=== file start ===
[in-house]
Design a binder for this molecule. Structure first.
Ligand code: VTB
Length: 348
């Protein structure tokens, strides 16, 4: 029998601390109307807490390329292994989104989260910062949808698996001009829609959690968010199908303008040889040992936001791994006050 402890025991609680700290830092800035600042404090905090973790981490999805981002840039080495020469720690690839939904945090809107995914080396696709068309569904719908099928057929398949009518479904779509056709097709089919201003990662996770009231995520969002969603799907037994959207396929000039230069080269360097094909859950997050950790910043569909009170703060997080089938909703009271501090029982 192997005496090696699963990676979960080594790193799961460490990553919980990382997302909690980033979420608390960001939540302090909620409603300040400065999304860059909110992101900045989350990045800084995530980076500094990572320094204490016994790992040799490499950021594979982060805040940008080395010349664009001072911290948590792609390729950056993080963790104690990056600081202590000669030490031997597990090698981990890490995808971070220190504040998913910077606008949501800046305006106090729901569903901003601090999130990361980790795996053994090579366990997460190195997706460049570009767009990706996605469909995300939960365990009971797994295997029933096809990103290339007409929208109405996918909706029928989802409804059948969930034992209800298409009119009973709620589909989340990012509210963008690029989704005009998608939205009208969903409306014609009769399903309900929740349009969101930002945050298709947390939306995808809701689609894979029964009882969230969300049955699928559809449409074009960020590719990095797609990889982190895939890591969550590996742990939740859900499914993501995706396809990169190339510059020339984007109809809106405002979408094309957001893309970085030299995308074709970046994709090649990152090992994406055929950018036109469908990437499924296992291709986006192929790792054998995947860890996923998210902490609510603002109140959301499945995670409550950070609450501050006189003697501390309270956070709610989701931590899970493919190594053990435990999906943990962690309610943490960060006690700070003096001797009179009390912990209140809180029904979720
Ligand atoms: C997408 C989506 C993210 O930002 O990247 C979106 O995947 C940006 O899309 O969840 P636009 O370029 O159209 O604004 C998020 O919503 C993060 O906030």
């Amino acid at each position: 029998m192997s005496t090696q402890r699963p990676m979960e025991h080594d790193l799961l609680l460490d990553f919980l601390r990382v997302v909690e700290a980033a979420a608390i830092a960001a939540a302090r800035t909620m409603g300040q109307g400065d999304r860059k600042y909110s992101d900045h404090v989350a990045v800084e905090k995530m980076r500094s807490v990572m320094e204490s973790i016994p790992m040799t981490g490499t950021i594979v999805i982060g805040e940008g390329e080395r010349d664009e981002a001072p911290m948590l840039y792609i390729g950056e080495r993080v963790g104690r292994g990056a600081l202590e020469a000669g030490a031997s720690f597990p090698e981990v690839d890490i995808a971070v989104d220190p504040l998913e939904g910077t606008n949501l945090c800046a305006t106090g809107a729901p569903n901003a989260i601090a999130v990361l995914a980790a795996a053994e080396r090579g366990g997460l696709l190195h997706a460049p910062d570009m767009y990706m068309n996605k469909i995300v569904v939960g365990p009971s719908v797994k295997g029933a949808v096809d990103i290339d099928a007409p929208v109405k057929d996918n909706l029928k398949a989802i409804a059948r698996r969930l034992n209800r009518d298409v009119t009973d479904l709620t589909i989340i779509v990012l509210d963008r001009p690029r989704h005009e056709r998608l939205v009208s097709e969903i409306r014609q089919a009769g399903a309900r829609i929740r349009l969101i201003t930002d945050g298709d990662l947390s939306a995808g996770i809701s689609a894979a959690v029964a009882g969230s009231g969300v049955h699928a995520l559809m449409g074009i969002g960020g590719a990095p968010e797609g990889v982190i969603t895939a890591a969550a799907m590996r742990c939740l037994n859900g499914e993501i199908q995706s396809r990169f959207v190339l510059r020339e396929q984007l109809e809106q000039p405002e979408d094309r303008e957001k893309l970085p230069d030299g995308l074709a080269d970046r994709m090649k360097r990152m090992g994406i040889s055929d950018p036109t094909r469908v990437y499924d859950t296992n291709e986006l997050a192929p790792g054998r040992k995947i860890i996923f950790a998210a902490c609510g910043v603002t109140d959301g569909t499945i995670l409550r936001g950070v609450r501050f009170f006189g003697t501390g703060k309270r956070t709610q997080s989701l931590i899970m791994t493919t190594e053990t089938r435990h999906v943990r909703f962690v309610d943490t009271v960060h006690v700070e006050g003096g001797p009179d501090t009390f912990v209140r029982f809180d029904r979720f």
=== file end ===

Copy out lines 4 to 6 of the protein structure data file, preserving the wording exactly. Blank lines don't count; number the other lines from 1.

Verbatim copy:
Length: 348
């Protein structure tokens, strides 16, 4: 029998601390109307807490390329292994989104989260910062949808698996001009829609959690968010199908303008040889040992936001791994006050 402890025991609680700290830092800035600042404090905090973790981490999805981002840039080495020469720690690839939904945090809107995914080396696709068309569904719908099928057929398949009518479904779509056709097709089919201003990662996770009231995520969002969603799907037994959207396929000039230069080269360097094909859950997050950790910043569909009170703060997080089938909703009271501090029982 192997005496090696699963990676979960080594790193799961460490990553919980990382997302909690980033979420608390960001939540302090909620409603300040400065999304860059909110992101900045989350990045800084995530980076500094990572320094204490016994790992040799490499950021594979982060805040940008080395010349664009001072911290948590792609390729950056993080963790104690990056600081202590000669030490031997597990090698981990890490995808971070220190504040998913910077606008949501800046305006106090729901569903901003601090999130990361980790795996053994090579366990997460190195997706460049570009767009990706996605469909995300939960365990009971797994295997029933096809990103290339007409929208109405996918909706029928989802409804059948969930034992209800298409009119009973709620589909989340990012509210963008690029989704005009998608939205009208969903409306014609009769399903309900929740349009969101930002945050298709947390939306995808809701689609894979029964009882969230969300049955699928559809449409074009960020590719990095797609990889982190895939890591969550590996742990939740859900499914993501995706396809990169190339510059020339984007109809809106405002979408094309957001893309970085030299995308074709970046994709090649990152090992994406055929950018036109469908990437499924296992291709986006192929790792054998995947860890996923998210902490609510603002109140959301499945995670409550950070609450501050006189003697501390309270956070709610989701931590899970493919190594053990435990999906943990962690309610943490960060006690700070003096001797009179009390912990209140809180029904979720
Ligand atoms: C997408 C989506 C993210 O930002 O990247 C979106 O995947 C940006 O899309 O969840 P636009 O370029 O159209 O604004 C998020 O919503 C993060 O906030």